What’s new for me for 2016? In a word, not a heck of a lot.
For all that that’s actually six words.
New Year’s is my favourite time of the year. I love new beginnings and the opportunity to forecast what shape the coming year will take by setting goals to help chart its course and advancement.
Given this, I’m no stranger to New Year’s resolutions. I even have a fairly decent record of achieving them.
For all that this doesn’t always happen in the year the resolutions were actually set.
I’ve never been the type to procrastinate – indeed, I actually have very disciplined work habits – and it’s a good thing too, for progress already happens slowly enough on its own in my life without me willfully trying to delay it even further.
My New Three-Year’s resolutions
For the last almost three years, it feels like I’ve been endlessly trying to complete the same old projects:
- Finishing my WIP
- Researching a new novel
- Becoming more adept at and accepting of social media
- Reading a new book every month
- Performing an evaluation project at work
- Contemplating what further education I’d like to pursue in support of my career
Thankfully, I did manage some progress on these endeavours over the past year:
- I finally completed the first draft of my historical fiction trilogy in September, some five months (I was aiming for April) plus a whole year behind schedule (although in my defence for being a year late, had I realized upfront I was actually writing a trilogy rather than a duology, I wouldn’t have set the unrealistic goal of finishing the draft in 2014 to begin with. I have strong justification for the five-month delay as well.)
- After two false starts, I finally (although only just) started researching Ancient Greece in earnest for my next novel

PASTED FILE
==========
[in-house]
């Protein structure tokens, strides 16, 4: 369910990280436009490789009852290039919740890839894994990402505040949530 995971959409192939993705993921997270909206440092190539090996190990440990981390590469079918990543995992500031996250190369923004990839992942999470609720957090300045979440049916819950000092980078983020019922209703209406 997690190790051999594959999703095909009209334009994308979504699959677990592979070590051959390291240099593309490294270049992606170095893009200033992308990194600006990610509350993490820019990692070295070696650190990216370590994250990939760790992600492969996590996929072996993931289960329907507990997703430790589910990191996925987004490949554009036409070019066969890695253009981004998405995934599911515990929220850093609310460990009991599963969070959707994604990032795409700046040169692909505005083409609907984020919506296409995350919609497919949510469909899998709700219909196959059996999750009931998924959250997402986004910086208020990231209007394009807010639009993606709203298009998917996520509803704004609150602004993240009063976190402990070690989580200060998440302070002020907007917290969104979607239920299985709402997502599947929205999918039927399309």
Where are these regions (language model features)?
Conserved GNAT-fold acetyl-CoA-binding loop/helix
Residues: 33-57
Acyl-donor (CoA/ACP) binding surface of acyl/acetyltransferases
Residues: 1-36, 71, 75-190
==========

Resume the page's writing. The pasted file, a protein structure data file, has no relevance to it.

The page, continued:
- Again, after two false starts, I concluded that Twitter just isn’t the social media platform of choice for me at this point in time and instead made the decision to focus on (and hence join for the first time ever) Facebook
- I succeeded and reading a full 13 books (14 if you count the first draft of the first book of my trilogy, which I do). This is four books up from last year, including two titles over 600 pages long and with none of the creative accounting of what length constituents a single book (as opposed to two books) I succumbed to in 2014.
- I completed the first draft of a new evaluation framework and assessment tools for work and sent it out to members of our advisory committee for feedback
(I did also print out a guidebook of different schools that offer a program of study I might want to pursue, but I’m not fooling myself into believing this too is progress, especially I did it back in January 2014 and then I never once looked at it again.)
I might have managed to both finish my novel draft by April and to achieve more in general last year had it not been for a major unforeseen issue that arose along the way, namely my need to find a new place to live.
(To this day, I still don’t have all my pictures hung, nor have I pruned my giant cane plant or built the screen for my bedroom window, all of which I was meaning to have completed during the summer).
I did, however, get around to reformatting my hard drive. Again, meant to be done in the summer and again, only just accomplished, not five days ago.
The power in an hour (plus the lack thereof)
I’m the kind of gal who likes to get things done. I’m also a big-time planner (a big-time plotter as well, for that matter), and as such, am always on the lookout for a more effective method of setting and attaining goals.